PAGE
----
A three-year roadmap, laying out the timeline and milestones for achieving the desired outcomes (not initiatives), should be an integral part of HMT’s NPVS, as should a series of next steps outlining the immediate actions to be taken following publication.

Governance of the NPVS

Governance is everything. TPA has drafted some initial ideas that reflect the importance of HMT in leading payments, making decisions and assessing performance, and an alliance across the industry that is involved with reviewing and prioritising initiatives, simplifying structures and making recommendations to HMT. These ideas also include a new group of regulators to focus on payments, listening to the concerns and priorities of the industry alliance in light of the principles defined by HMT.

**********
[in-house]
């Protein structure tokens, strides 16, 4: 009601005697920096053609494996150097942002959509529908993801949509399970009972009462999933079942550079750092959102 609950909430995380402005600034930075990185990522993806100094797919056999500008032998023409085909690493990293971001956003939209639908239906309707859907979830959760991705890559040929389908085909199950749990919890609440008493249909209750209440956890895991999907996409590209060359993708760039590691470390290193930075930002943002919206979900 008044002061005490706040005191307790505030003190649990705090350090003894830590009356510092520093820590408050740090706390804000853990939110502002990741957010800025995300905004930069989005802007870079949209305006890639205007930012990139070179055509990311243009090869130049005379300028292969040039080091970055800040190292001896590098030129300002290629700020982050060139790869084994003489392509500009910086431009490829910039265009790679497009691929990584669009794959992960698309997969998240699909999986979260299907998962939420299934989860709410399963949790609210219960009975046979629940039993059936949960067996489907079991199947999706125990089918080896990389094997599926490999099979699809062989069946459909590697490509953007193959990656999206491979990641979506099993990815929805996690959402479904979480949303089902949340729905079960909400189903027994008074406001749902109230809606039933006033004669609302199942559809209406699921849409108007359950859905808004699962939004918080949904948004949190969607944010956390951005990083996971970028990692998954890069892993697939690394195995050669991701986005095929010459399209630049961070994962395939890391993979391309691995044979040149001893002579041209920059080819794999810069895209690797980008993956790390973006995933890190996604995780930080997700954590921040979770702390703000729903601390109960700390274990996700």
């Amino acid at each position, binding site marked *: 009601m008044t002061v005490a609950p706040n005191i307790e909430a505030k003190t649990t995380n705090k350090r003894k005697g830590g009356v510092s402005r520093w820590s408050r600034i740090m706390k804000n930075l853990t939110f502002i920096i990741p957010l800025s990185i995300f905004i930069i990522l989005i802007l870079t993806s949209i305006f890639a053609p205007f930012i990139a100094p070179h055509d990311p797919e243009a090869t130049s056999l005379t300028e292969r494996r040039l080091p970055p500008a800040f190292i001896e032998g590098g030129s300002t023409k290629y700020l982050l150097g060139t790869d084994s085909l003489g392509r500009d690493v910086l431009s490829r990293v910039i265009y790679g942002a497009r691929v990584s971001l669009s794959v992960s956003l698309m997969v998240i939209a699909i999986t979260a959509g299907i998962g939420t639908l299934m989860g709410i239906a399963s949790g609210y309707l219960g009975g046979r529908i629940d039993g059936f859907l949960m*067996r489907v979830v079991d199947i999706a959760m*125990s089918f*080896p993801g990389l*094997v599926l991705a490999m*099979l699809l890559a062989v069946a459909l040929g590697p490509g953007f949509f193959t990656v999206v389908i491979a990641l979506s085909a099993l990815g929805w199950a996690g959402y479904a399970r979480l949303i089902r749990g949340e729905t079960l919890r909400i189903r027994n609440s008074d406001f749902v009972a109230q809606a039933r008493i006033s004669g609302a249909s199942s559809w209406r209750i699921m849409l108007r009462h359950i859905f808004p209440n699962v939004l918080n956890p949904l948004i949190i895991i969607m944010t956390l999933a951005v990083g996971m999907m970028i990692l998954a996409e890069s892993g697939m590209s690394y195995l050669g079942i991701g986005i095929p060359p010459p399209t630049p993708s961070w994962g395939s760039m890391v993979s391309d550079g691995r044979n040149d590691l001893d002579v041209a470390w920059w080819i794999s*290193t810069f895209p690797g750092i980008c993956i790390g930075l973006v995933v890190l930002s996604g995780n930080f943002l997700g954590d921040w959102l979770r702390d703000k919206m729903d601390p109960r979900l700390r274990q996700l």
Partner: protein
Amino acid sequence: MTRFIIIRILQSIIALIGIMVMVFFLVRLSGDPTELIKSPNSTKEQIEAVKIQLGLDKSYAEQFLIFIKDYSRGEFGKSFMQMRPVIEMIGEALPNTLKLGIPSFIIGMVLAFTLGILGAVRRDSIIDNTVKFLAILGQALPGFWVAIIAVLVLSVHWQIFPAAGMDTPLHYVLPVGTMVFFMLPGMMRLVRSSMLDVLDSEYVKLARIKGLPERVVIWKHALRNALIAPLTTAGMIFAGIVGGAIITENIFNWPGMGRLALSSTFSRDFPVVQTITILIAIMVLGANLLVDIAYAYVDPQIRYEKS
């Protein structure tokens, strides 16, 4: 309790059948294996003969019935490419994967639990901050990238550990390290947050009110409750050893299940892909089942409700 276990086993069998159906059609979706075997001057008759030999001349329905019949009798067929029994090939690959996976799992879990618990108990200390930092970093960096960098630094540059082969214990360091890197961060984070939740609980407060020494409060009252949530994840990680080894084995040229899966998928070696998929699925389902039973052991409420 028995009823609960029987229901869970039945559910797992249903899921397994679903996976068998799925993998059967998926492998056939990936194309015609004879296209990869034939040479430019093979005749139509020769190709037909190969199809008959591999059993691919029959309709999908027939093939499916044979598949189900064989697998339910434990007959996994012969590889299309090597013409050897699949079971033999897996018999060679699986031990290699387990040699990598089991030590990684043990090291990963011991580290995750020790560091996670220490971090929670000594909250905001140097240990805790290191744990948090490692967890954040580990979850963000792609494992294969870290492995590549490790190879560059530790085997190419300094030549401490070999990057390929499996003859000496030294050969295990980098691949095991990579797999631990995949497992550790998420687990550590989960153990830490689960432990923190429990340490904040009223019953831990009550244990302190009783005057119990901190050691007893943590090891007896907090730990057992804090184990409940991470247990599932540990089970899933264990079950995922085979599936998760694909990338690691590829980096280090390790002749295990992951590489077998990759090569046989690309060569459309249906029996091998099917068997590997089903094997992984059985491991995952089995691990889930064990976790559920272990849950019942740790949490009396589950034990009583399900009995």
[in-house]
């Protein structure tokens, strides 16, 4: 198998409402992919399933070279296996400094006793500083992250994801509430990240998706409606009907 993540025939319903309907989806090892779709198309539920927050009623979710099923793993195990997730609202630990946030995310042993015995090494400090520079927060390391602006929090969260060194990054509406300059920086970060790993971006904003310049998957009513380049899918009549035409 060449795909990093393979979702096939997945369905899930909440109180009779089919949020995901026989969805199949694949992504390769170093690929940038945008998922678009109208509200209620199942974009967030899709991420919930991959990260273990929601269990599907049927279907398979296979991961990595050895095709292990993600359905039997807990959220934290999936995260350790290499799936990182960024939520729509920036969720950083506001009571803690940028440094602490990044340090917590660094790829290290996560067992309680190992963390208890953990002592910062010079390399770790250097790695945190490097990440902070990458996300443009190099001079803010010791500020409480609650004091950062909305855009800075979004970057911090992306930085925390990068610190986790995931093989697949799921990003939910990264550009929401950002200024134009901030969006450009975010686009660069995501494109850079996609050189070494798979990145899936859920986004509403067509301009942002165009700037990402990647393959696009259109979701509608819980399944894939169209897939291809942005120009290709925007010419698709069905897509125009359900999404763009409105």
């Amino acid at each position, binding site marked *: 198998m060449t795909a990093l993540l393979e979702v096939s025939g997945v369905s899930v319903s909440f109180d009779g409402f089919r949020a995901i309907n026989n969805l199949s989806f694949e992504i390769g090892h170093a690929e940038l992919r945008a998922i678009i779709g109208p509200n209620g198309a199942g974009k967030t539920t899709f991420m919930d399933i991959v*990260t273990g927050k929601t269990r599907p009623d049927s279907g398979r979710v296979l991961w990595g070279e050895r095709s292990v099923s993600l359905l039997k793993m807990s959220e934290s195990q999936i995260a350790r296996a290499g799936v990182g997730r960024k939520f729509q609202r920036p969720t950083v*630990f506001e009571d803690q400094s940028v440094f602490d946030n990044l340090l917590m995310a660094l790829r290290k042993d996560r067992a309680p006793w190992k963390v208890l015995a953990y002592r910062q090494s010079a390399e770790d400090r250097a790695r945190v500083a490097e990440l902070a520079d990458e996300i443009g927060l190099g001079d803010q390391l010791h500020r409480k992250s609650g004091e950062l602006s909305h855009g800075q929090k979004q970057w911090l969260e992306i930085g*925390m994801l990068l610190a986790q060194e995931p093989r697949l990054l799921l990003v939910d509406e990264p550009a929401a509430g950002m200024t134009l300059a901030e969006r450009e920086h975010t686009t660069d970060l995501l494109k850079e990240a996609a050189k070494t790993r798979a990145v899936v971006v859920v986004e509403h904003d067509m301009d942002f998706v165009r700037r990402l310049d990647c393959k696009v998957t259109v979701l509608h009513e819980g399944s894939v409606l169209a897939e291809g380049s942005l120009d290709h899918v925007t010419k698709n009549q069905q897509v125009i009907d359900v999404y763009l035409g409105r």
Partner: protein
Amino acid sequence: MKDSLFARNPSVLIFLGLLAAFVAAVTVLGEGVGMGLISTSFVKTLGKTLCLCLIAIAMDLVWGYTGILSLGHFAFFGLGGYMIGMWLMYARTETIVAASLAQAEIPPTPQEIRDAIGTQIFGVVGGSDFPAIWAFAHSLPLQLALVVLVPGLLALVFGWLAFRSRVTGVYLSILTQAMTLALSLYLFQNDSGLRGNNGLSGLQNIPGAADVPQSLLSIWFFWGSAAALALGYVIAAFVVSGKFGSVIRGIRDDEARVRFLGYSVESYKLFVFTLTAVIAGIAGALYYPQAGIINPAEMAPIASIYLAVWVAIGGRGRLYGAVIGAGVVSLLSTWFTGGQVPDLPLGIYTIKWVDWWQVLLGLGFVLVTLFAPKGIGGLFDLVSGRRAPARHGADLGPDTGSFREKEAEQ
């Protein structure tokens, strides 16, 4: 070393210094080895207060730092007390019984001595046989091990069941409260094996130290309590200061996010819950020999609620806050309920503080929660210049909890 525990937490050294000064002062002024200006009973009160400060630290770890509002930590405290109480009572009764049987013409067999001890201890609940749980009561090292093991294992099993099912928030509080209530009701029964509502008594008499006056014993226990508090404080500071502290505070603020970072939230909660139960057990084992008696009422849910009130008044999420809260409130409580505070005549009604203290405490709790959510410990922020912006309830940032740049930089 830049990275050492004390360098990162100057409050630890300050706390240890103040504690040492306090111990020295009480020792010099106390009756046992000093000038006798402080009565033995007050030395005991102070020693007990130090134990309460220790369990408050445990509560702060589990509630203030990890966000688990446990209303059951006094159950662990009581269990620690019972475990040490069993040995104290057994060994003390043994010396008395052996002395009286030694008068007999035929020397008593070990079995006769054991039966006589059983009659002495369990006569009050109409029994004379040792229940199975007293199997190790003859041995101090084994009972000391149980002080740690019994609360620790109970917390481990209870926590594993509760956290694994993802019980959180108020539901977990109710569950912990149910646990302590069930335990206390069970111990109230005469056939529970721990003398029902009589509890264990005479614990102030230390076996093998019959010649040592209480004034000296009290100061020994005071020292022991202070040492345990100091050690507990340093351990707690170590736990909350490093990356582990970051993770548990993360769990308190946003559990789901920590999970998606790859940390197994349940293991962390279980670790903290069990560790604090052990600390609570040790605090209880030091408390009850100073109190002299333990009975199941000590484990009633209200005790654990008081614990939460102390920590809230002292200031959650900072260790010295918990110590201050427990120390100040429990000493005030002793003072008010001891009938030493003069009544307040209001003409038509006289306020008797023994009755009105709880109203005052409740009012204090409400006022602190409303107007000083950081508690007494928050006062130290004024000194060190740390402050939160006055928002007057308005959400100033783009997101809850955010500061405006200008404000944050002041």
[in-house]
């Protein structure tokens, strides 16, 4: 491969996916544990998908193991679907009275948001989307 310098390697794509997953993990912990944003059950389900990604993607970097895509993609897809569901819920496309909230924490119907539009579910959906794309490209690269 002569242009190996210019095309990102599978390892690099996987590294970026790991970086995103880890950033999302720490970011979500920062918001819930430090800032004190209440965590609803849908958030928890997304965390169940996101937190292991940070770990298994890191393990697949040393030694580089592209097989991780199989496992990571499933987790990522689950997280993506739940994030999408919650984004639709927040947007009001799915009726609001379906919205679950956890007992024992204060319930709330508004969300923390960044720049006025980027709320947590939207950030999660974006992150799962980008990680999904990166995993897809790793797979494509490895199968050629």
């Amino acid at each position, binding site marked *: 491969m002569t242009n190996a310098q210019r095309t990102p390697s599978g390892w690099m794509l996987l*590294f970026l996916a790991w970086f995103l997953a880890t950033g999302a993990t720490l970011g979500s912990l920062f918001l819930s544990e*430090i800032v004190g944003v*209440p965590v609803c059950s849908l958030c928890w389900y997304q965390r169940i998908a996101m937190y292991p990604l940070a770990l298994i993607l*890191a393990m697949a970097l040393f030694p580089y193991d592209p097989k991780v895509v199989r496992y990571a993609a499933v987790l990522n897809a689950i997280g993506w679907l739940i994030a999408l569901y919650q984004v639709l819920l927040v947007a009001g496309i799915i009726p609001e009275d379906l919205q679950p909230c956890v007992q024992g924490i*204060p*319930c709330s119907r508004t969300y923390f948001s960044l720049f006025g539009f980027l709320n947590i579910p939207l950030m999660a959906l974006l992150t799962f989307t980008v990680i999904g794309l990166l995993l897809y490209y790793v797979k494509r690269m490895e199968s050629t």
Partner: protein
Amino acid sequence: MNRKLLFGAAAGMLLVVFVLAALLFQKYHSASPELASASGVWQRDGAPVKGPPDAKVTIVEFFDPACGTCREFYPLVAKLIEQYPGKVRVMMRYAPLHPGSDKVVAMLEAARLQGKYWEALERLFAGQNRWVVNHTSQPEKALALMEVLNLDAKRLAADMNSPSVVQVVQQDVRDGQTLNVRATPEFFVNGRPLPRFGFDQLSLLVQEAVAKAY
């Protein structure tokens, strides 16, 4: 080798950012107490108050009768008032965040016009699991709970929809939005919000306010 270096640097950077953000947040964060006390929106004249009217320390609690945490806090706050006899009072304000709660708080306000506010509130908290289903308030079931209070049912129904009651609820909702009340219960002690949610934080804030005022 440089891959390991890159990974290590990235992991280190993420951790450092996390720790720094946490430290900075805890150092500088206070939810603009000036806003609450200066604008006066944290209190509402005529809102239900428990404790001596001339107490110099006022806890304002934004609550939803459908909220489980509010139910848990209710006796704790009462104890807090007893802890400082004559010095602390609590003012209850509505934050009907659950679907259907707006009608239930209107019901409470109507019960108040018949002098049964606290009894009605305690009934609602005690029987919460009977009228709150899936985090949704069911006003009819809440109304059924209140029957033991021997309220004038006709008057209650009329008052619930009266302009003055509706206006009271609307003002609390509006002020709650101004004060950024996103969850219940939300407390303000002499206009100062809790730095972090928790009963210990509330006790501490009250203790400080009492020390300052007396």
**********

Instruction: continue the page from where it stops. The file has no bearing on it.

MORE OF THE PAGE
Key principles

A framework of principles categorised into two levels should guide the implementation of the vision while also assessing its progress, suggests TPA. First-level principles should focus on enabling innovation that delivers beneficial outcomes for payment users, promoting an efficient payments ecosystem with fair commercial practices, and deploying modular API-enabled payment technologies suited to the problems at hand.

According to Craddock, these principles also “emphasise the importance of progressive governance that bolsters government leadership and ensures accountability, while utilising principles-based regulation where regulators work in tandem with the industry to achieve the vision.”

With courage and determination, the Government can show its leadership, knowing that it has the support of the whole ecosystem to implement it effectively.